It was a prophetic poem composed by the prophet Isaiah around 700 years before the birth of Jesus. No other child could possibly fulfill all that Isaiah writes about this child’s birth, nature, and attributes in this amazing hymn of prophetic praise.
A Child is Born
If you have a Bible, turn to Isaiah chapter 9, verse 6 and read:
For to us a child is born,
To us a son is given;
And the government shall be upon his shoulder,
And his name shall be called (Isaiah 9:6).
Stop for a minute, or maybe 10 minutes, and reflect on just that first phrase – For to us a child is born.
In our last study we referenced prophecies that indicated the eternal pre-existence of God the Son, who is now born into time and space, and a miraculous result of the Holy Spirit supernaturally fertilizing an egg of Mary. This staggering moment arrives in an outdoor animal shelter more than likely surrounded by temple sheep destined for sacrifice in the Temple five miles away. God the Son is literally born a baby.
If you remember the New Testament narrative, He is swaddled in strips of cloth and put in a manger, a feeding trough, or, if this animal stall was carved into a hillside as they often were in that region, the manger would have been a ledge carved into the side of the hill and filled with grain or hay. The shepherds nearby were told they would identify this newborn Savior as the one lying in a manger.
And what amazes me – if I can digress for a minute – is that this newborn baby wasn’t in the arms of Mary or Joseph when the shepherds arrived; Jesus was lying in the manger, the feeding trough. I believe, although we can’t know for sure, that Jesus, Joseph, and Mary were sleeping at the moment, absolutely exhausted, His parents too exhausted to even hold him.
I don’t know about you, but newborn babies are usually in somebody’s arms. Either the mother is holding him or the father is taking a turn, or perhaps other siblings, grandparents, or friends. People you don’t even know have shown up to hold the baby! Those first few hours that baby is being held.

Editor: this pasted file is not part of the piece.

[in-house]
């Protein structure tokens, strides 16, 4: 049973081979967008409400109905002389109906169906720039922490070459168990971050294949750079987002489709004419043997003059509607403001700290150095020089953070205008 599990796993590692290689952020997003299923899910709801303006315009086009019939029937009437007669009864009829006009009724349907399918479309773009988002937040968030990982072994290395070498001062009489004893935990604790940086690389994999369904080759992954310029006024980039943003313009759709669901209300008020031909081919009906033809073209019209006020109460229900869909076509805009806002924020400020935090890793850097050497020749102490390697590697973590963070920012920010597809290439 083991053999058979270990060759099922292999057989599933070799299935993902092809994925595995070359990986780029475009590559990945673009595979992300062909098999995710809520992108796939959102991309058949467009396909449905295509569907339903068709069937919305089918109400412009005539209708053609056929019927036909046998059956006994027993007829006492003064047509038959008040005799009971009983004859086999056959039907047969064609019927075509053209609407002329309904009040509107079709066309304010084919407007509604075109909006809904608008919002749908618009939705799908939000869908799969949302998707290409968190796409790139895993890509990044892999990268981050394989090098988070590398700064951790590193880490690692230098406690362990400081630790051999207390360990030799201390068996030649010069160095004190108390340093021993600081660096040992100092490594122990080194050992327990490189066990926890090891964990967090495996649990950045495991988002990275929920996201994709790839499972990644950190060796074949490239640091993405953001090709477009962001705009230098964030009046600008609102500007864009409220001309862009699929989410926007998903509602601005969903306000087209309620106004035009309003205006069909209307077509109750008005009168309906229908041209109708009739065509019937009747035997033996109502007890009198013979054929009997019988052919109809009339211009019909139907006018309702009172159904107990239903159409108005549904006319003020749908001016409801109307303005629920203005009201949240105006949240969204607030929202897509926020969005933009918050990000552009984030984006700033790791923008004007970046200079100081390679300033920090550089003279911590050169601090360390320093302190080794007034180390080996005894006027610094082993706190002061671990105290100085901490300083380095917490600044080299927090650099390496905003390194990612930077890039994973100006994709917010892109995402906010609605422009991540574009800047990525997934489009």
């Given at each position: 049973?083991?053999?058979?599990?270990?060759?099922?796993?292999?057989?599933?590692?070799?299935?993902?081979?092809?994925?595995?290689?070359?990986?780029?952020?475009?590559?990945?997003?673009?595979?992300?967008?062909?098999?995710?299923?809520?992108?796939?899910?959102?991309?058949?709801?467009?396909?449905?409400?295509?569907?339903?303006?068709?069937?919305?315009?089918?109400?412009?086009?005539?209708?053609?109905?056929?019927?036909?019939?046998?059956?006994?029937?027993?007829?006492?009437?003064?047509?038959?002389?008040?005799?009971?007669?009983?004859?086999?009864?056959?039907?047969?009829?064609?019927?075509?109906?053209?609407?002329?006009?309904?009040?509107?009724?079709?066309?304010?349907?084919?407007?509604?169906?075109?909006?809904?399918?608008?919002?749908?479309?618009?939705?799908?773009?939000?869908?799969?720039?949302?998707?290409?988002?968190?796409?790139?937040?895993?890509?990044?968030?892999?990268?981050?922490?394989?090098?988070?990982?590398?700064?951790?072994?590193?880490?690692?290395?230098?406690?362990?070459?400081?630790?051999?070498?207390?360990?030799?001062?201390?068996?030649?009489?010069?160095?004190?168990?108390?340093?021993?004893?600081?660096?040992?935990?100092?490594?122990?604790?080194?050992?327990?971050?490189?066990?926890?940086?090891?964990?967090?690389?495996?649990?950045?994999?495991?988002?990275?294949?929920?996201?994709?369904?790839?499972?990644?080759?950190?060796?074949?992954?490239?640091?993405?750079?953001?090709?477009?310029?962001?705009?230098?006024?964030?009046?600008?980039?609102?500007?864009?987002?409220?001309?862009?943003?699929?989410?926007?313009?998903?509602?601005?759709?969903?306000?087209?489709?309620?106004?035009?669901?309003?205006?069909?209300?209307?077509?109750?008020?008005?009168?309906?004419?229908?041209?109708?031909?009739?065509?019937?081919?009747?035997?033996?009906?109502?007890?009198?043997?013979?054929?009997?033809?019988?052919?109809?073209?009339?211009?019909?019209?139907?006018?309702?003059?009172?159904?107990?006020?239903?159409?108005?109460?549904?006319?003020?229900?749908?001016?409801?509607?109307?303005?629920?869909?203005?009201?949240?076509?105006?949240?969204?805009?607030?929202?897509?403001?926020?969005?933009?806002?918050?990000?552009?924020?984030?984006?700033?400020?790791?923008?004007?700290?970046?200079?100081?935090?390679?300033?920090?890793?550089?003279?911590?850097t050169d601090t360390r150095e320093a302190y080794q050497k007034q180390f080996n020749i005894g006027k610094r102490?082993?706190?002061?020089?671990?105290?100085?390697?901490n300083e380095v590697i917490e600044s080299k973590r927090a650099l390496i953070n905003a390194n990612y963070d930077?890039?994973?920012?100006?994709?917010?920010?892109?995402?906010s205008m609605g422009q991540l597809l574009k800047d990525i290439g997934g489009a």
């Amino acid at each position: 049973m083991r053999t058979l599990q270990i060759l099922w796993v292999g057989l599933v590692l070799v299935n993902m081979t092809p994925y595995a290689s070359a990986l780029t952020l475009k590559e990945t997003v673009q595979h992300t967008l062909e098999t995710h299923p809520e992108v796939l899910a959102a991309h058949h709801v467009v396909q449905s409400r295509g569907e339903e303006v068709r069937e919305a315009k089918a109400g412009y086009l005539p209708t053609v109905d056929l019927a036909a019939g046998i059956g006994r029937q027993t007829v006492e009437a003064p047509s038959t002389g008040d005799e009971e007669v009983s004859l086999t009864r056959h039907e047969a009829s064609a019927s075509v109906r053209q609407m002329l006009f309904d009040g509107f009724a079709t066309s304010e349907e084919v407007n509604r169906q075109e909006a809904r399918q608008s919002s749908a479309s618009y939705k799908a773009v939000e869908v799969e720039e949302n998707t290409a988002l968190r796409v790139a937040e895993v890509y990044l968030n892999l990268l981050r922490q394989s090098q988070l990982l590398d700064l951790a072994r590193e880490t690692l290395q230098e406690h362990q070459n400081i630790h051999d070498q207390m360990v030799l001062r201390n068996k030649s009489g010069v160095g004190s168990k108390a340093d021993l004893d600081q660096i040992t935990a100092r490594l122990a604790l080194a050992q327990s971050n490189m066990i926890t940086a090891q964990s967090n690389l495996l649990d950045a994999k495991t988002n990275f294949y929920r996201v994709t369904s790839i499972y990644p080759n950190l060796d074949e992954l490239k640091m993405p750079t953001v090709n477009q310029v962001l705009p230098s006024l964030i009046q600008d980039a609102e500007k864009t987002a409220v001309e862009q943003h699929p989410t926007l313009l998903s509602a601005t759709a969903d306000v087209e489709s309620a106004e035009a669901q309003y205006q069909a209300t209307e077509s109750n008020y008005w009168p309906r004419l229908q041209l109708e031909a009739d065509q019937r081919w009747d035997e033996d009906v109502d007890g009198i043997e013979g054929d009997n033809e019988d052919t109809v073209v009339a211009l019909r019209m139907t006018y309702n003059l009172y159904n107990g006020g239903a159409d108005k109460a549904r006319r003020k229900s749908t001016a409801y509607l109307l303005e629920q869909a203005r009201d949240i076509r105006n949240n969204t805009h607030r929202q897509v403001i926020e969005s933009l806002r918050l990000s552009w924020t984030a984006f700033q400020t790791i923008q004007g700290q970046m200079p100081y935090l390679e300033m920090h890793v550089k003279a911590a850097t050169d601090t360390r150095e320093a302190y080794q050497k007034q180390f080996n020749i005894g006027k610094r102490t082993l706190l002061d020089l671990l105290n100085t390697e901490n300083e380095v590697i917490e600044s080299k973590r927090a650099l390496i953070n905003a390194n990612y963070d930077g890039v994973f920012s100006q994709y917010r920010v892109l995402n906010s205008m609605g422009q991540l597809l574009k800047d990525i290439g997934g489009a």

There is no doubt other babies were born in Bethlehem during this busy time, but no other baby was born in an animal stall, lying alone, at that moment, in a feed trough. This is an incredible picture of Joseph and Mary’s desperation, their exhaustion, their poverty, the aloneness and their challenges which had only just begun.
A Son is Given
Wherein the phrase, unto us a child is born, is a picture of the Messiah’s humility in His humanity, the next phrase, to us a son is given, refers to His deity.ii In other words, He was born, but He was also sent. He pre-existed. He was born entirely human, but He has a divine origin. The Messiah is both fully human and, at the same time, fully divine.
And He has to be human or He can not die because God can’t die. Paul, that converted Pharisee and attorney writes later, The wages (that is, the payment) of sin is death (Romans 6:23). For Jesus to pay the penalty for our sins, He must be able to experience the payment for sin and that payment is death. But since He is also eternally God the Son, He is capable of not just dying as a man but, at the same time, bearing the penalty of your sins and mine in a moment in time on the cross. Peter, the converted fisherman turned spokesman, would write that Jesus himself bore our sins in His body on the tree (1 Peter 2:24).
He must be both fully man and fully God or His messianic mission will be a waste of time. And Isaiah prophecies centuries before that He will indeed be both human and divine. He is not just a human baby, He is a divinely sent son.